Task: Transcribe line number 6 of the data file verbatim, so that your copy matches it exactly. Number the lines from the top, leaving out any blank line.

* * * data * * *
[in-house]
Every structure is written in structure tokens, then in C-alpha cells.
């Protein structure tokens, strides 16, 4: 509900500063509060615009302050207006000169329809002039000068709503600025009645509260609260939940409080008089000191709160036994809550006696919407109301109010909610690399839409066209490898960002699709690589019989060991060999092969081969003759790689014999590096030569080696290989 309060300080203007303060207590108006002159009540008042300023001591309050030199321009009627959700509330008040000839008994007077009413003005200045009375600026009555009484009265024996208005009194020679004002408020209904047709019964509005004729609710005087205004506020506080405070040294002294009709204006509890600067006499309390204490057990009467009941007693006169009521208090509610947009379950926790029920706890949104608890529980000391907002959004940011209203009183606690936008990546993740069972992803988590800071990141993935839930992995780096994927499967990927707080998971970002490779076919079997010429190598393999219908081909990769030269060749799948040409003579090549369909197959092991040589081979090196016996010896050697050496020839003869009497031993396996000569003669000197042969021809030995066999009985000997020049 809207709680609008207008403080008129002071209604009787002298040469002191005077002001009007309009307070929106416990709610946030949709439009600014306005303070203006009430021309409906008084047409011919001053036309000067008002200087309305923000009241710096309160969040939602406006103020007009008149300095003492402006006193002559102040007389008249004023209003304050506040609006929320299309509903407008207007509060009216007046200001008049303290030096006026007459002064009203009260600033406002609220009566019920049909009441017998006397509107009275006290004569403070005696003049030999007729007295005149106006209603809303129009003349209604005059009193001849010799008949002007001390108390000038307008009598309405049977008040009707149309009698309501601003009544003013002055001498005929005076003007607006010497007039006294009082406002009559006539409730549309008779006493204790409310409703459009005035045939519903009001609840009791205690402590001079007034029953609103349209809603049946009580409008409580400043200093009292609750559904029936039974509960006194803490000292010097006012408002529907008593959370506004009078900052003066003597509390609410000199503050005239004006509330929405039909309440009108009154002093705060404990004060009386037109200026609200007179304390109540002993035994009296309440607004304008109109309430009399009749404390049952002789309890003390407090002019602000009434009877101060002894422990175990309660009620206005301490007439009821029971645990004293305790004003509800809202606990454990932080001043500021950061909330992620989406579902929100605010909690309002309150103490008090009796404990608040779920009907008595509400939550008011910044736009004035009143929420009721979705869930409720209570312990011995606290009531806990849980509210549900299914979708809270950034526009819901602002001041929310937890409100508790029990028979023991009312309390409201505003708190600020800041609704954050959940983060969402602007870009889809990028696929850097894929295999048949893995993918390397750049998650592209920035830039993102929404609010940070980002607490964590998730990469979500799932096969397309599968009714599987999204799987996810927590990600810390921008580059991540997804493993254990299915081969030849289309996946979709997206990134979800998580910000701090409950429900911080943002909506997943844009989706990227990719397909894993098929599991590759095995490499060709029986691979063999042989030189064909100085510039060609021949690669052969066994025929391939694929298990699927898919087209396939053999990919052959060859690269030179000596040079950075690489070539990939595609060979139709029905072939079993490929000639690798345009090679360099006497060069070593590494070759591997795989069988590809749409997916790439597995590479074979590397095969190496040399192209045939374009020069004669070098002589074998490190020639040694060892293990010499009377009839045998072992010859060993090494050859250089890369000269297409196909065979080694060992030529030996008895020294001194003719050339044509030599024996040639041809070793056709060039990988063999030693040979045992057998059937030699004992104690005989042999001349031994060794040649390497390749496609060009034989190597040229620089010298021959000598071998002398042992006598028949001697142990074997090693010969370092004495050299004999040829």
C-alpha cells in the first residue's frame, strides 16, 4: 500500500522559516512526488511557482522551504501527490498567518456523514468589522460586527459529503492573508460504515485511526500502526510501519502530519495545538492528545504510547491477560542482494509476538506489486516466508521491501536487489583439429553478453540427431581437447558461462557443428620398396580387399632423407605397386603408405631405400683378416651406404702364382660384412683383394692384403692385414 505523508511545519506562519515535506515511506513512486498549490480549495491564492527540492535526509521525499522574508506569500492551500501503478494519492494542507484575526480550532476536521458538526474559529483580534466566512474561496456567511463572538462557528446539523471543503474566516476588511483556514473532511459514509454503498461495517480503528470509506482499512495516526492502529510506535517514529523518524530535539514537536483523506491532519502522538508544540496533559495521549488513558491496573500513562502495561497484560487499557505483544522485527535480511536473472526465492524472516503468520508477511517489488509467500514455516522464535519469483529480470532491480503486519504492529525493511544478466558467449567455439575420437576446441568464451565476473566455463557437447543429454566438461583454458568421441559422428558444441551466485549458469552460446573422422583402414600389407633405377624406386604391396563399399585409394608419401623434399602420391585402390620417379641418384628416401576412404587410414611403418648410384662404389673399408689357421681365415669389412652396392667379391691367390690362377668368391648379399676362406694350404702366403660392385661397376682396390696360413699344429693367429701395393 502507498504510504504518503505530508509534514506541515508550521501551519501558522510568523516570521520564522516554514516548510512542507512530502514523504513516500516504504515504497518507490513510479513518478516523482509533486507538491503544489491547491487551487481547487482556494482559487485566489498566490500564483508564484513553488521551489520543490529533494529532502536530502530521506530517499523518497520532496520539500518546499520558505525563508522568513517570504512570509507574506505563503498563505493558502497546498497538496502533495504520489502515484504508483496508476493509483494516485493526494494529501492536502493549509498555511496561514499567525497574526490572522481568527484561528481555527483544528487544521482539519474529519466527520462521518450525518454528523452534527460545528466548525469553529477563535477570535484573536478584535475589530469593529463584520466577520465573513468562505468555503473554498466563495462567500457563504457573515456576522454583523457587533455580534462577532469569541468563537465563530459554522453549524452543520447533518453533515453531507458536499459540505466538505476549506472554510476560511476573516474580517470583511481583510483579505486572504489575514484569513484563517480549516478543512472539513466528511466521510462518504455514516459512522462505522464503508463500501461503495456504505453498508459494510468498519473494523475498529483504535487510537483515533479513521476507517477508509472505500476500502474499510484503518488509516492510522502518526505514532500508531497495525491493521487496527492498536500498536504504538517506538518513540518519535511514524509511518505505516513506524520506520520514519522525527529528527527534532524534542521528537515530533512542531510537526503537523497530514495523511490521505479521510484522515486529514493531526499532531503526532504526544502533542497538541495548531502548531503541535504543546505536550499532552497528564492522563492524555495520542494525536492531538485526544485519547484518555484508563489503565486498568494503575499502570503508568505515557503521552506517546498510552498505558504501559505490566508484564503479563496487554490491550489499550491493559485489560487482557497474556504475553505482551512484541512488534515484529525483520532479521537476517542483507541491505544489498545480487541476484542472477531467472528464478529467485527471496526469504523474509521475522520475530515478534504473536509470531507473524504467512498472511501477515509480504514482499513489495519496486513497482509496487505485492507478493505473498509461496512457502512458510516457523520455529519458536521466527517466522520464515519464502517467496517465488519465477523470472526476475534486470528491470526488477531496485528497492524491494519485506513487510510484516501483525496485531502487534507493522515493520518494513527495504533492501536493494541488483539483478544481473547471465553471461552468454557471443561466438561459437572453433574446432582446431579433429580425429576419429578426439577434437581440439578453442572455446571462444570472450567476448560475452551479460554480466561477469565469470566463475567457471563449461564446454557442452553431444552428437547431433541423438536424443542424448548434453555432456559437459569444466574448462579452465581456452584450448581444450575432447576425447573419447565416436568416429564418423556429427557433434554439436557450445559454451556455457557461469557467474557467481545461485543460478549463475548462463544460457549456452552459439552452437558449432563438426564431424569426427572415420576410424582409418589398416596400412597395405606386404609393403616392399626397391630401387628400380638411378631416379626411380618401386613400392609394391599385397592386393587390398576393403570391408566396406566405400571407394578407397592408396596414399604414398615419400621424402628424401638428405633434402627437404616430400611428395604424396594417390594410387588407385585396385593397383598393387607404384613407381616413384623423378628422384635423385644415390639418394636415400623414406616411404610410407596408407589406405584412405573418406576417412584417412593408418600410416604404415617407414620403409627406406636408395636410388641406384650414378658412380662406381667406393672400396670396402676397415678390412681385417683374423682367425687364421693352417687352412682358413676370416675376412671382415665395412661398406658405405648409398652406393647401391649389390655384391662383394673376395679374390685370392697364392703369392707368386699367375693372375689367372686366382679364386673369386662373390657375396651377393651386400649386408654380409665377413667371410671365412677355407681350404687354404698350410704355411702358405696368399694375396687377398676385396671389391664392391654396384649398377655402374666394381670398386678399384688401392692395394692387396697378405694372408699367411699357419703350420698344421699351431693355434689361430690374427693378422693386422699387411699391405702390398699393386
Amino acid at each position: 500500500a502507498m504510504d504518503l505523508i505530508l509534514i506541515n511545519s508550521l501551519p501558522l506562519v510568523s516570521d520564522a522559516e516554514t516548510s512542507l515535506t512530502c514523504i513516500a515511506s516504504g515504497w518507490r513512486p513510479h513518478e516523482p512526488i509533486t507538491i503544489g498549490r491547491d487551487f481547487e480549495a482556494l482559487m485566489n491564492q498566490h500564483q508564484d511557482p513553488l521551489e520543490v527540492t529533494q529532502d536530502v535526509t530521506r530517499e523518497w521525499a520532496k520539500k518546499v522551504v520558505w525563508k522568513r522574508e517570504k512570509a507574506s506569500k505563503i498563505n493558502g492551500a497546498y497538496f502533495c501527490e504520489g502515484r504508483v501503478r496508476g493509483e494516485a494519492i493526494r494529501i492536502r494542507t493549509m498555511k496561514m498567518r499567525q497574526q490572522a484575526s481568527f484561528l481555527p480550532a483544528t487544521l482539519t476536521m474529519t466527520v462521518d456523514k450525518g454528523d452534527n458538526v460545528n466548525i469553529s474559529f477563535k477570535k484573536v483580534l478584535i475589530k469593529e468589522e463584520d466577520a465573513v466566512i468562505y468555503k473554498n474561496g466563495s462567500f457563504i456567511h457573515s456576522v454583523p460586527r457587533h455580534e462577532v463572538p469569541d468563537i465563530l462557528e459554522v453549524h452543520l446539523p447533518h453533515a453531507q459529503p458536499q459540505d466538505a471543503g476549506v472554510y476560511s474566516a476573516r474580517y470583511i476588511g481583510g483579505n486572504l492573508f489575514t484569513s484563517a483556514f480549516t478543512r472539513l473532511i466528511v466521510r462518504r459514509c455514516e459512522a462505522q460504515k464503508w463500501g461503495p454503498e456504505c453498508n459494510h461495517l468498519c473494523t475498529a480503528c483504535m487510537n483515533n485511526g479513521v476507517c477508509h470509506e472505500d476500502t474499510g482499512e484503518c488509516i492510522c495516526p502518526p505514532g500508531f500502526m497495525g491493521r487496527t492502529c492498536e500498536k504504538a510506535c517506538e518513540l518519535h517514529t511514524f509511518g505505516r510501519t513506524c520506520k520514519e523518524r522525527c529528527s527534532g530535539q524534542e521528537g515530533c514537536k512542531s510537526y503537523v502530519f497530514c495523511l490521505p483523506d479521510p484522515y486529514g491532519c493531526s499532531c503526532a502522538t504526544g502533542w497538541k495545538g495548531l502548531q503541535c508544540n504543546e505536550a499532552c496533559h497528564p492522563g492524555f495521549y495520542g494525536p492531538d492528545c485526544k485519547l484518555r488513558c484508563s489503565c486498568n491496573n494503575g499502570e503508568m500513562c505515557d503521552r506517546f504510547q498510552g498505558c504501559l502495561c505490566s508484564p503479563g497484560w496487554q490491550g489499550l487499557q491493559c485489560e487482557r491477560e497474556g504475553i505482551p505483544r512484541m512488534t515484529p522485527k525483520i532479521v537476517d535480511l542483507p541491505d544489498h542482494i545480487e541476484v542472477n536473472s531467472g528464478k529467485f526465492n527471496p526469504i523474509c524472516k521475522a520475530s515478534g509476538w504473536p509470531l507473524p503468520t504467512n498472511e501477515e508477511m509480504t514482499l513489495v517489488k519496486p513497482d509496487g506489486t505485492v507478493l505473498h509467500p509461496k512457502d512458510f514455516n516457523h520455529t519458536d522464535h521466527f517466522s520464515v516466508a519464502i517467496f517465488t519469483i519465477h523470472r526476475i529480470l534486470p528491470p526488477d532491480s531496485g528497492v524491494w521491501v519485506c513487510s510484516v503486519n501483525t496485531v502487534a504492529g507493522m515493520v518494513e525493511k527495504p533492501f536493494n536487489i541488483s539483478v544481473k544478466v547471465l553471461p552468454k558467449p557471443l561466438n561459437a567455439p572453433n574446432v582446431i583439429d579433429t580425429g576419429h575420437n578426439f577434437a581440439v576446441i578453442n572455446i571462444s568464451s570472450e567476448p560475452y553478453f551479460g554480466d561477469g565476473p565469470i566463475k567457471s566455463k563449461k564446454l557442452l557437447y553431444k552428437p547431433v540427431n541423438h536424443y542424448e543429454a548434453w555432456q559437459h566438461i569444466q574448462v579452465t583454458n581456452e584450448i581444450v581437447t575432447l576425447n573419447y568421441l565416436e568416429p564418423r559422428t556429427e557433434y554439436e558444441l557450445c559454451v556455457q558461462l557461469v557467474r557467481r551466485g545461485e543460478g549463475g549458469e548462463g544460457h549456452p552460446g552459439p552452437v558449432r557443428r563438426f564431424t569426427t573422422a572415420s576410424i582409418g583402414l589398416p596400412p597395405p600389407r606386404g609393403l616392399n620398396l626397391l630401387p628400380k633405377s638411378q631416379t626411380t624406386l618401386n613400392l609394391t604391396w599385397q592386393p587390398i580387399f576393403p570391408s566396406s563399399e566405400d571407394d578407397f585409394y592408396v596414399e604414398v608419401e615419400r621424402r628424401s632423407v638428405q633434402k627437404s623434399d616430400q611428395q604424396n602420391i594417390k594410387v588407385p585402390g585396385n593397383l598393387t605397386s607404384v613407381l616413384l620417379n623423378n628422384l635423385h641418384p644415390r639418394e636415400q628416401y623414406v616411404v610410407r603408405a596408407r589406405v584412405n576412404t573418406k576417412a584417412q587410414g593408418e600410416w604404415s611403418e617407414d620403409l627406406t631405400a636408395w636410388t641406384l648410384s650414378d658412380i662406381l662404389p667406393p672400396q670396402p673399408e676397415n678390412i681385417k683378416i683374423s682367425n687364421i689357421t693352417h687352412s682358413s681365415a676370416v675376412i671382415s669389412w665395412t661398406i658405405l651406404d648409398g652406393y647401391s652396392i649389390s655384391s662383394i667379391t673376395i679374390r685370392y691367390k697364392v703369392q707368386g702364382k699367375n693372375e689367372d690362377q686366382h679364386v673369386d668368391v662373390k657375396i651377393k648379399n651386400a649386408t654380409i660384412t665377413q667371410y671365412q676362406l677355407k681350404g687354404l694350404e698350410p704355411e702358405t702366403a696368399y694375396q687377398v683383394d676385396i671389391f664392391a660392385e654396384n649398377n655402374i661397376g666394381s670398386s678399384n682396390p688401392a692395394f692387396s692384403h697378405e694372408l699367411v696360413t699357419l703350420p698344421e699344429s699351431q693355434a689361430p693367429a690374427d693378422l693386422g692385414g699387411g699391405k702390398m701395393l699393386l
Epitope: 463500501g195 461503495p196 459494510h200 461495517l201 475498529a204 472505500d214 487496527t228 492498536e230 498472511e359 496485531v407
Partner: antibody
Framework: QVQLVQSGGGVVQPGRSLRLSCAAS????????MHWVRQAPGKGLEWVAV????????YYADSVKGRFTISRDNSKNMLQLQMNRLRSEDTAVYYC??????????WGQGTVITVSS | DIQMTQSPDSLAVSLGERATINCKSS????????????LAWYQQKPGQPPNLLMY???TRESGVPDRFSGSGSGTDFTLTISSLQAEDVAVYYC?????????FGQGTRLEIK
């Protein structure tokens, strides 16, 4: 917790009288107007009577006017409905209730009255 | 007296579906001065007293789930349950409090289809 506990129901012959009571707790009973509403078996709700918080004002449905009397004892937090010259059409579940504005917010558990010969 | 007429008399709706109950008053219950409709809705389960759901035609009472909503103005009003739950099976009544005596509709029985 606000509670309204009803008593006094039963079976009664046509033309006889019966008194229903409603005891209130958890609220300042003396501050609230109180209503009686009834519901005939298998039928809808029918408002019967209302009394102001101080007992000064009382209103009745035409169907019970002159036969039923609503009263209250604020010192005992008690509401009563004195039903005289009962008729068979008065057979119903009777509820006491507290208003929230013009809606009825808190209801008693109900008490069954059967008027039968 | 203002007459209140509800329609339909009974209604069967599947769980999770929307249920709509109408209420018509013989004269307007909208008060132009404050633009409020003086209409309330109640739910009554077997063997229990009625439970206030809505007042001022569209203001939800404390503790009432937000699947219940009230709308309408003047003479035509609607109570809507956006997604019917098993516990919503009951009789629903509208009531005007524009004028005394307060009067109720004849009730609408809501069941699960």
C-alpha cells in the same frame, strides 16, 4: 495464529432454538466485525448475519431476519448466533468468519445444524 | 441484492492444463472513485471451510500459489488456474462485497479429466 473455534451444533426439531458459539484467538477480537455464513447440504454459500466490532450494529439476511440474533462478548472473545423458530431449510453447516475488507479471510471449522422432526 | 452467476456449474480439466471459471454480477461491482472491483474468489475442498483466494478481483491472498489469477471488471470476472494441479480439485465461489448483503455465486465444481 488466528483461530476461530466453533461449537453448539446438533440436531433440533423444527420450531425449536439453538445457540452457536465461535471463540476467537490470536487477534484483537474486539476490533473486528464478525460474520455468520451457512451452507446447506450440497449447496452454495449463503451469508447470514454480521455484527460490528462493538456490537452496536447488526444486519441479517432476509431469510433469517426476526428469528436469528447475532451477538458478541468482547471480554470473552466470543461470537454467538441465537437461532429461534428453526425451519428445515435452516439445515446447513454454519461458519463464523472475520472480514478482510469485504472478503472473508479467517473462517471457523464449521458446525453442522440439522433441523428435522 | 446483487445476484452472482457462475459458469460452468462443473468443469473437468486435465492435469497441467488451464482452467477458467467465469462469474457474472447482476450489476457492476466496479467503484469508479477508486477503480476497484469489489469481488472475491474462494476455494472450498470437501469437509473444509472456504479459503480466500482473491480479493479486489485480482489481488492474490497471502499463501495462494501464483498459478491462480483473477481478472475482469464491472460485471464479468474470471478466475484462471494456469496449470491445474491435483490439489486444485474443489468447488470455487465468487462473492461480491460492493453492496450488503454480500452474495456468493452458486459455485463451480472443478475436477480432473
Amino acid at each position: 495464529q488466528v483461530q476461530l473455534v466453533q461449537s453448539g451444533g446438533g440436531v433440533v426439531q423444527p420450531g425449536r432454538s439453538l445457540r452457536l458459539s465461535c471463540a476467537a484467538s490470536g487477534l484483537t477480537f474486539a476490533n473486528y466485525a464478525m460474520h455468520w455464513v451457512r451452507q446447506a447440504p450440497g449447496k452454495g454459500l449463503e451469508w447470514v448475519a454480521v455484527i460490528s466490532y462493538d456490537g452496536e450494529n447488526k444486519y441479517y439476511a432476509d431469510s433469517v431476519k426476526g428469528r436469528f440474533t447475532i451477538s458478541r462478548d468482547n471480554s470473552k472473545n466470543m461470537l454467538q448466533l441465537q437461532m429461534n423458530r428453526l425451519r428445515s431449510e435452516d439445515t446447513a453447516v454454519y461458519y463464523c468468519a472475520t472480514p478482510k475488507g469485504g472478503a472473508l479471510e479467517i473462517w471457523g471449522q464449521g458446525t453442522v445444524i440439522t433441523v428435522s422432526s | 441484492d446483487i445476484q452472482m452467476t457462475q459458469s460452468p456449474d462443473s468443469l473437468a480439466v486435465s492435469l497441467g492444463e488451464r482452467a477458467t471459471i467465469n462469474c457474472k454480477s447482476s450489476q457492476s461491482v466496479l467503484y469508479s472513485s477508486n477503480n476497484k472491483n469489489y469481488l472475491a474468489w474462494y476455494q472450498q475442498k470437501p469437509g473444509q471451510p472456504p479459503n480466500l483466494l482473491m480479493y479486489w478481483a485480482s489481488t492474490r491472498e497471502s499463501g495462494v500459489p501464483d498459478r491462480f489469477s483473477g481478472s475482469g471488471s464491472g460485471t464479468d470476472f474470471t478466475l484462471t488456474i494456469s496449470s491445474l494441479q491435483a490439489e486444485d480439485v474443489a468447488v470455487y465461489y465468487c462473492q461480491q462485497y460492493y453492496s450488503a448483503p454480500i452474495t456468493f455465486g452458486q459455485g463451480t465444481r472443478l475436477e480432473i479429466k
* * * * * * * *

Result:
Epitope: 463500501g195 461503495p196 459494510h200 461495517l201 475498529a204 472505500d214 487496527t228 492498536e230 498472511e359 496485531v407